Defend and rebound: Back-to-back games, late-night drives and flights, as well as noisy hotels, make it inevitable that you're going to have a bad day. Even if the ball isn't dropping or the passes aren't finding your teammates, you consistently can get in a stance and you always can box out and crash the boards. The Lakers didn't win Game 7 of the NBA Finals over the Celtics because they lit it up from the floor; they got stops and second looks. The college folks may be recruiters, but they're coaches first and "D" and boards are always high on their list.
Cut aggressively and with intent: Whether it's on ball, a screen away, backscreen or maybe just a simple give-and-go basket cut, go hard and leave your defender standing. Too many cutters move passively and make it easy for their matchup to stick with them. Set up every cut, make contact with your screener and read the situation. During a long month of basketball, an explosive, hard cut will exploit a weary opponent.
Be an effective and physical screener: Screening angles show that you understand that you're sending the cutter somewhere and that you appreciate that it's for a reason. Rolling to the hoop, rolling out, or slipping shows that you recognize your own potential scoring options. Put the same effort into freeing up a teammate as you would to get yourself open. A good screen is the assist that never gets noticed.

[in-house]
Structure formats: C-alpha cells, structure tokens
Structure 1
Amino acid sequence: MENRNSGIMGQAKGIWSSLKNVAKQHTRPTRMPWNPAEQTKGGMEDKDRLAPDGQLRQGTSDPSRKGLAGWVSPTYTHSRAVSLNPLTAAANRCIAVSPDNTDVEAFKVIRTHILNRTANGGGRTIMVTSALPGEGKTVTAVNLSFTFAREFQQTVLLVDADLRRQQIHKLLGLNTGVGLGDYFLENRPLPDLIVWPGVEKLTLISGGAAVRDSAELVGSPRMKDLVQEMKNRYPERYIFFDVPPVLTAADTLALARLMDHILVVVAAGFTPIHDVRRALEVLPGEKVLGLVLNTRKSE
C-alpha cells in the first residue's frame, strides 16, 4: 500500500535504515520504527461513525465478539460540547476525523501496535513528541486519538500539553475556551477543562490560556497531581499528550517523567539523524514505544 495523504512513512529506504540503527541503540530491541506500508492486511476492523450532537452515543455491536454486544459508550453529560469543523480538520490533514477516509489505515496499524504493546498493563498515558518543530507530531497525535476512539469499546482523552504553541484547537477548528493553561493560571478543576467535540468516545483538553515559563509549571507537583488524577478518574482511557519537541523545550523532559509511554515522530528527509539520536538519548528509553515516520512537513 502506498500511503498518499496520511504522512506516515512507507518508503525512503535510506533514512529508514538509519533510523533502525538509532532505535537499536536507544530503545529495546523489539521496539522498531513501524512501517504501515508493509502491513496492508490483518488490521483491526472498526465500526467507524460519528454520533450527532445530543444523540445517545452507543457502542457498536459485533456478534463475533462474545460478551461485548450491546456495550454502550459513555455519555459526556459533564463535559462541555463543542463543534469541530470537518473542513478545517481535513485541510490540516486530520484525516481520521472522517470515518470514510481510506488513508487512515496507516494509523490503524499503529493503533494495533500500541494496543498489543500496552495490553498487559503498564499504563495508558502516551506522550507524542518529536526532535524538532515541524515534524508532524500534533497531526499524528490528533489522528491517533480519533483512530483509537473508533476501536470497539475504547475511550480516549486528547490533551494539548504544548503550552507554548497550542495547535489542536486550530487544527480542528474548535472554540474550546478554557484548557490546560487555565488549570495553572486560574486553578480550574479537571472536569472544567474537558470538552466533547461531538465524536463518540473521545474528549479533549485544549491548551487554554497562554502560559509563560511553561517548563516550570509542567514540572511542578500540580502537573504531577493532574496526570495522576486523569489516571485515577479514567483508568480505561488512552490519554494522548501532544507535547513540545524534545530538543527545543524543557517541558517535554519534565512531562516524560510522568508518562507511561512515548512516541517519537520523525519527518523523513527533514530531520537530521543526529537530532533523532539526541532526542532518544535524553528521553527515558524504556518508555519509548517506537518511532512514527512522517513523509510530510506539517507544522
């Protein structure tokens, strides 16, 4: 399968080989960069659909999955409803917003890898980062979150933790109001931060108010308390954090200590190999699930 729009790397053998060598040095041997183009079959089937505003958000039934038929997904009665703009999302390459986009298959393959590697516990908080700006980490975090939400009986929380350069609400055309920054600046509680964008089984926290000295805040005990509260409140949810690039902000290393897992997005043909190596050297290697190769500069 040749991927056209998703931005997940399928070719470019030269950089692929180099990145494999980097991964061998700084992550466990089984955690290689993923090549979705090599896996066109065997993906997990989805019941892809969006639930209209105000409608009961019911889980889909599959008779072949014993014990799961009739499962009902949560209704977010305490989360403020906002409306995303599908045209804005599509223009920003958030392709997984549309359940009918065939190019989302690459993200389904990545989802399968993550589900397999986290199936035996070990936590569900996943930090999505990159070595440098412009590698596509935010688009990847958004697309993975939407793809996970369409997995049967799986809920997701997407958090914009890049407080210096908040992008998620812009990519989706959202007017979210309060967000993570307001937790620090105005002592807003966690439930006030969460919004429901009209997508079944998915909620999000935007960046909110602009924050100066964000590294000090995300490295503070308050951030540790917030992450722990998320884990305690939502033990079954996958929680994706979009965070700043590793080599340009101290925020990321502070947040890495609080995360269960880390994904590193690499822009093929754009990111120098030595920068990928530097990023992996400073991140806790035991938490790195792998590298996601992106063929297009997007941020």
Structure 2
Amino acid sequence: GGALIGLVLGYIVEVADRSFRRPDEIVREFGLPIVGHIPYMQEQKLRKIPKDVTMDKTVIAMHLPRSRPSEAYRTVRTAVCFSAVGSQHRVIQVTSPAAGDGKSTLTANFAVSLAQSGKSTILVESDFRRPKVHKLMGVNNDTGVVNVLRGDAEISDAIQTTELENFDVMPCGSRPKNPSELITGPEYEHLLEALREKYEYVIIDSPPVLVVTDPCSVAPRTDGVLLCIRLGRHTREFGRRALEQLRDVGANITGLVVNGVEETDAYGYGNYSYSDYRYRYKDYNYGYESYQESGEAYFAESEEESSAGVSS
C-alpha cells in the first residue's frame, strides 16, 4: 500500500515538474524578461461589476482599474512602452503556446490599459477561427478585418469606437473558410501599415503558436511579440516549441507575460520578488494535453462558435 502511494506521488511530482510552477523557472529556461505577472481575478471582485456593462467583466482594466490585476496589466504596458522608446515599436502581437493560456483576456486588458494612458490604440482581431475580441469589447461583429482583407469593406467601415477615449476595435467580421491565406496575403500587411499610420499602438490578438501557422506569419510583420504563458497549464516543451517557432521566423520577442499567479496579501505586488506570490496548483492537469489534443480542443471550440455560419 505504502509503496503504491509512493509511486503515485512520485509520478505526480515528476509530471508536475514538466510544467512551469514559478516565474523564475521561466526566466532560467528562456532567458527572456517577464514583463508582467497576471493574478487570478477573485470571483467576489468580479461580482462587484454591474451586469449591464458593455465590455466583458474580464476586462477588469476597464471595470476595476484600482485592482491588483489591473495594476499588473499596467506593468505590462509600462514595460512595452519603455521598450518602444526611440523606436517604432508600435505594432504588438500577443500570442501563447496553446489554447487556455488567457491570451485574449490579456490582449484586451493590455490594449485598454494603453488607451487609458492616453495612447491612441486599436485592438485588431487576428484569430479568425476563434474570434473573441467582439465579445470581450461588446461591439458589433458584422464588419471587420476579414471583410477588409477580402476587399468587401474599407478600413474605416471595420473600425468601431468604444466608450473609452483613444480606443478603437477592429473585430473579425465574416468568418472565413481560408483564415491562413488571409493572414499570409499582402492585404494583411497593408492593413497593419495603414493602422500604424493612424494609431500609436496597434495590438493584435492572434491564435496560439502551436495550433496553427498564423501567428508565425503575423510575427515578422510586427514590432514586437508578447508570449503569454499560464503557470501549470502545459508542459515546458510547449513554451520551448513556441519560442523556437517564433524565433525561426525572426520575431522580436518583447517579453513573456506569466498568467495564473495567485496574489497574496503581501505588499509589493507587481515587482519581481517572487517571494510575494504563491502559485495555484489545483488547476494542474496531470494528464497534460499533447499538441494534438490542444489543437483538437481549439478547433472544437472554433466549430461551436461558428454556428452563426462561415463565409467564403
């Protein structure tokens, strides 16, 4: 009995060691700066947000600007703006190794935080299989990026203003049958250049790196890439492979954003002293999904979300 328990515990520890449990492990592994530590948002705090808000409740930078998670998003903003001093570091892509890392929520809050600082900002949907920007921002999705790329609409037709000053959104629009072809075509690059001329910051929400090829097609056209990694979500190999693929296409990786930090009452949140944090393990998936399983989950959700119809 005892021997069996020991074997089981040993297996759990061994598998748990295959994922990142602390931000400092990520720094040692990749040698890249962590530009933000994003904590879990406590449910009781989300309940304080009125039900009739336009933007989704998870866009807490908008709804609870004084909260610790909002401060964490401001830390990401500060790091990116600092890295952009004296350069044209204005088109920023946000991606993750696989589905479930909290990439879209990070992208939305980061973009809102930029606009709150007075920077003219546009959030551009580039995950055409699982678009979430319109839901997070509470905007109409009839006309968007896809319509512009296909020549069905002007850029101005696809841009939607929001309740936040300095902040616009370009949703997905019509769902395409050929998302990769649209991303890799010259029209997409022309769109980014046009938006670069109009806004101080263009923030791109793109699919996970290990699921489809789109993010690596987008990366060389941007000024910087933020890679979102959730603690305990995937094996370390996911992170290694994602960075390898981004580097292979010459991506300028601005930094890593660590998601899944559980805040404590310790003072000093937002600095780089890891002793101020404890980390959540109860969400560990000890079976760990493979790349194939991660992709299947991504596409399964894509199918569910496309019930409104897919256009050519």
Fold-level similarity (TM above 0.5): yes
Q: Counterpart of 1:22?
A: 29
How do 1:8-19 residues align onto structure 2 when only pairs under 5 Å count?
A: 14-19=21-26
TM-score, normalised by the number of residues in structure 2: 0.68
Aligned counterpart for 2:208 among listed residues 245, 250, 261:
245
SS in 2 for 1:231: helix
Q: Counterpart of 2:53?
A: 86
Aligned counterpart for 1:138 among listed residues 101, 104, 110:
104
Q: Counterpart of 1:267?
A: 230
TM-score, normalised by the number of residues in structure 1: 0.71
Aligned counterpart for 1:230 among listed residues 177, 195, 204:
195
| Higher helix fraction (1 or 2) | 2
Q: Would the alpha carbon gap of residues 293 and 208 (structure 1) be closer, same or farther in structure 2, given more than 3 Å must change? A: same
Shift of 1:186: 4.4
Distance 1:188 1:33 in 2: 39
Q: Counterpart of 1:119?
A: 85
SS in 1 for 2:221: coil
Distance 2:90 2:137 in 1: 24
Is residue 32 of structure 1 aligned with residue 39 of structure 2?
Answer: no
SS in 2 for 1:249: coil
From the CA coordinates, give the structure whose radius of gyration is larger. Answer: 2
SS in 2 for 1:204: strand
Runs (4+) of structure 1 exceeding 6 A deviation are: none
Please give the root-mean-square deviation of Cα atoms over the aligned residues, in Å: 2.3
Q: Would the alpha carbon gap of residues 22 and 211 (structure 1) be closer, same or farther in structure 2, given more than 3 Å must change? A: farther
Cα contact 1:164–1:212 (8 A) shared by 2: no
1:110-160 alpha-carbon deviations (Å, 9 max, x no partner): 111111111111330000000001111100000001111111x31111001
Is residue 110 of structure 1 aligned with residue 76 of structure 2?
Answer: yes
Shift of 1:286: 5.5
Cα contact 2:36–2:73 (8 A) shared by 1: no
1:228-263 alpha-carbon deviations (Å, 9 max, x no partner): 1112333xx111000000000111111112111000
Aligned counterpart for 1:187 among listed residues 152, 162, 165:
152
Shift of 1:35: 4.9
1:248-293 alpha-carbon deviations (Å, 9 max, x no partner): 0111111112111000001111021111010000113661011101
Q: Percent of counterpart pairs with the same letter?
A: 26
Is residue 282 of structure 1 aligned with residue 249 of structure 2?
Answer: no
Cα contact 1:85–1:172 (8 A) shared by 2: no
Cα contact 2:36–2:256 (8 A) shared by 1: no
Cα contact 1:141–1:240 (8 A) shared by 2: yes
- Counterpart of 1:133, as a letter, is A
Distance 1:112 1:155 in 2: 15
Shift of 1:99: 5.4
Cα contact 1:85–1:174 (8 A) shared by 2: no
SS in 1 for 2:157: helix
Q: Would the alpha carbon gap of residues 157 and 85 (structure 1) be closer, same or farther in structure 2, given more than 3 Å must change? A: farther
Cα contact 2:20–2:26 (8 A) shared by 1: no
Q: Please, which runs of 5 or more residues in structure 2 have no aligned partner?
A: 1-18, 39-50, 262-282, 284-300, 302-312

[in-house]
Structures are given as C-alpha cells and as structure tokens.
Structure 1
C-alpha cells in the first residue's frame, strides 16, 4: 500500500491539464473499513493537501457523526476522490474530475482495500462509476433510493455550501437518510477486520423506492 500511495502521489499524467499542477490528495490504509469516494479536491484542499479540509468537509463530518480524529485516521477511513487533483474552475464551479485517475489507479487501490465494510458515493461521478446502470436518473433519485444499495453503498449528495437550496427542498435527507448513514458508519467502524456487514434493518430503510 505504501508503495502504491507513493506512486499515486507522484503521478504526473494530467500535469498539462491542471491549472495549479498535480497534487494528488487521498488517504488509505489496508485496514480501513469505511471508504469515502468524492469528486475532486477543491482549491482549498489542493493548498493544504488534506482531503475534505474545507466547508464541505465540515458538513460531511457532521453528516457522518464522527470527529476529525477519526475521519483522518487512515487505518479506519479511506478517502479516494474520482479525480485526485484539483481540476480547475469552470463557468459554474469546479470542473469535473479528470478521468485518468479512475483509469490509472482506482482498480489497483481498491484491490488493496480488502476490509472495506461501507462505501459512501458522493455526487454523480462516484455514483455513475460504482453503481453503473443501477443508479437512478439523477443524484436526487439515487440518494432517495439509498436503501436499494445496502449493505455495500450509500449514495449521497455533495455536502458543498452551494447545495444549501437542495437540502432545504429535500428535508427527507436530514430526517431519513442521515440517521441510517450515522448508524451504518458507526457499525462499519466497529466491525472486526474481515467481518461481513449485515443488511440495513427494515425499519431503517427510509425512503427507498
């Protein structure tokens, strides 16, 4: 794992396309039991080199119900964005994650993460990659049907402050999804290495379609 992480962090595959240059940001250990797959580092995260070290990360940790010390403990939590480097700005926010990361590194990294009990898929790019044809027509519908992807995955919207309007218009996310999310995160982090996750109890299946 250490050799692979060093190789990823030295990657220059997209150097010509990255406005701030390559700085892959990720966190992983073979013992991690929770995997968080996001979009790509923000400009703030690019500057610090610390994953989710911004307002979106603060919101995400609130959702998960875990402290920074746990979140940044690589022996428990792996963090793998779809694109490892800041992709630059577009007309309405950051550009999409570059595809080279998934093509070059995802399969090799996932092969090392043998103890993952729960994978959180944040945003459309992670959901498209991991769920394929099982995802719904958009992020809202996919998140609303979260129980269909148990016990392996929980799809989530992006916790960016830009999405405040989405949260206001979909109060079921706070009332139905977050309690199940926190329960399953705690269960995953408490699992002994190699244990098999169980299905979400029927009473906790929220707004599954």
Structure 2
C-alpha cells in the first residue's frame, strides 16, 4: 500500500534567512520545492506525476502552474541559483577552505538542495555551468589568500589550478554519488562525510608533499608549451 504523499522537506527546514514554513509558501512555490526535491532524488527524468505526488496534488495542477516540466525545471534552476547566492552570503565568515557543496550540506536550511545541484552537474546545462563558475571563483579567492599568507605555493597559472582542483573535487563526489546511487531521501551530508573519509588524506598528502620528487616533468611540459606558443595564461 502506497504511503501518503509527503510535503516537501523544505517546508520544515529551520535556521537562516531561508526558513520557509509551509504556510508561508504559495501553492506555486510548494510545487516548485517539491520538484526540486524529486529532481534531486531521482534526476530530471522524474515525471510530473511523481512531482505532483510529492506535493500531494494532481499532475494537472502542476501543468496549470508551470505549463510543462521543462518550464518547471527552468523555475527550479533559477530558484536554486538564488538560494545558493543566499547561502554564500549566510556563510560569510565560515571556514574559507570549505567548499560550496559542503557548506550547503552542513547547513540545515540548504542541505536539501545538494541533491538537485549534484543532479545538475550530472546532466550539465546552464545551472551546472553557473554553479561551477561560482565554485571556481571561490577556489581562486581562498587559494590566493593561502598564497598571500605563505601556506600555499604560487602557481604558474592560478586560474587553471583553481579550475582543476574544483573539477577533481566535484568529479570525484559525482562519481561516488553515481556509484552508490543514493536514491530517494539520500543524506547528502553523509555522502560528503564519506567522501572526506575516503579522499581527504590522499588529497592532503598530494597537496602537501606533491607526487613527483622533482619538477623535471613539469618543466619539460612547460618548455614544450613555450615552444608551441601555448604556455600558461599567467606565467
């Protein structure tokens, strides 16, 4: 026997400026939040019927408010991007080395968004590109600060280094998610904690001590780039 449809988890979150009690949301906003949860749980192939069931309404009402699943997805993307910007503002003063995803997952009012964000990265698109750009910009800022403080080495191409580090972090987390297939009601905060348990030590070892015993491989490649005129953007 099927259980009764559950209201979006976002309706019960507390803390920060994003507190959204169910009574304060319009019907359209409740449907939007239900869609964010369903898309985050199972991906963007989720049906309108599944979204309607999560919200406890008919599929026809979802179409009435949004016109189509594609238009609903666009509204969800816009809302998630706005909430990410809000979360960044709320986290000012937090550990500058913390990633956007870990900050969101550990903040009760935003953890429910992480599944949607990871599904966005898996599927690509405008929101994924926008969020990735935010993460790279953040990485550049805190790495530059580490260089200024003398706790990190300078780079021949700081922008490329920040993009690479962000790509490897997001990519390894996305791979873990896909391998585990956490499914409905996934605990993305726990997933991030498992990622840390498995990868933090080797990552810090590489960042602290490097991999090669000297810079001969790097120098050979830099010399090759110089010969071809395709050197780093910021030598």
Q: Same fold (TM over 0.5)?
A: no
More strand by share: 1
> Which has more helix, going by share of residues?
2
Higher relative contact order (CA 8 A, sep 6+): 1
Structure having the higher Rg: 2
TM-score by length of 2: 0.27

Play within yourself: Know your role and commit to being the best at it. If you're playing the post and you start overlooking outlet passes and taking it yourself in transition you may show your handle but also a disregard for your team. The same goes for the guards who fail to hit the wide-open post on the block so they can jack up their jumper. Don't think for a second that the coaches sitting courtside aren't making a note of your choices. At the same time don't pass up the shots you should be taking or stop posting because you didn't get the ball last time down. Recruiters have a pretty good idea if you're about yourself or about your team.
Travel smart: Make it a goal to eat right, get proper sleep and stay off your feet. College coaches may not see your bad choices from a menu, the wandering of a mall between games, or late-night cutting up in the hotel, but they will see it in your play. If you're looking to play your best and make the most of your time on the court your decisions have to be smart and that may mean sacrificing a little bit of the fun. The road is long enough without fast food, sore feet and sleep deprivation.
When you pack your bags this summer know where you're going, what you want to accomplish and how you're going to get it done. If it's true that "goals are dreams with deadlines," then July is the time to set some. In the long run you'll be better off in the eyes of your teammates, coaches, recruiters and, most of all, yourself.
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Mark Lewis is the national recruiting coordinator for ESPN HoopGurlz. Twice ranked as one of the top 25 assistant coaches in the game by the Women's Basketball Coaches Association, he has more than 20 years of college coaching experience at Memphis State, Cincinnati, Arizona State, Western Kentucky and, most recently, Washington State. He can be reached at firstname.lastname@example.org.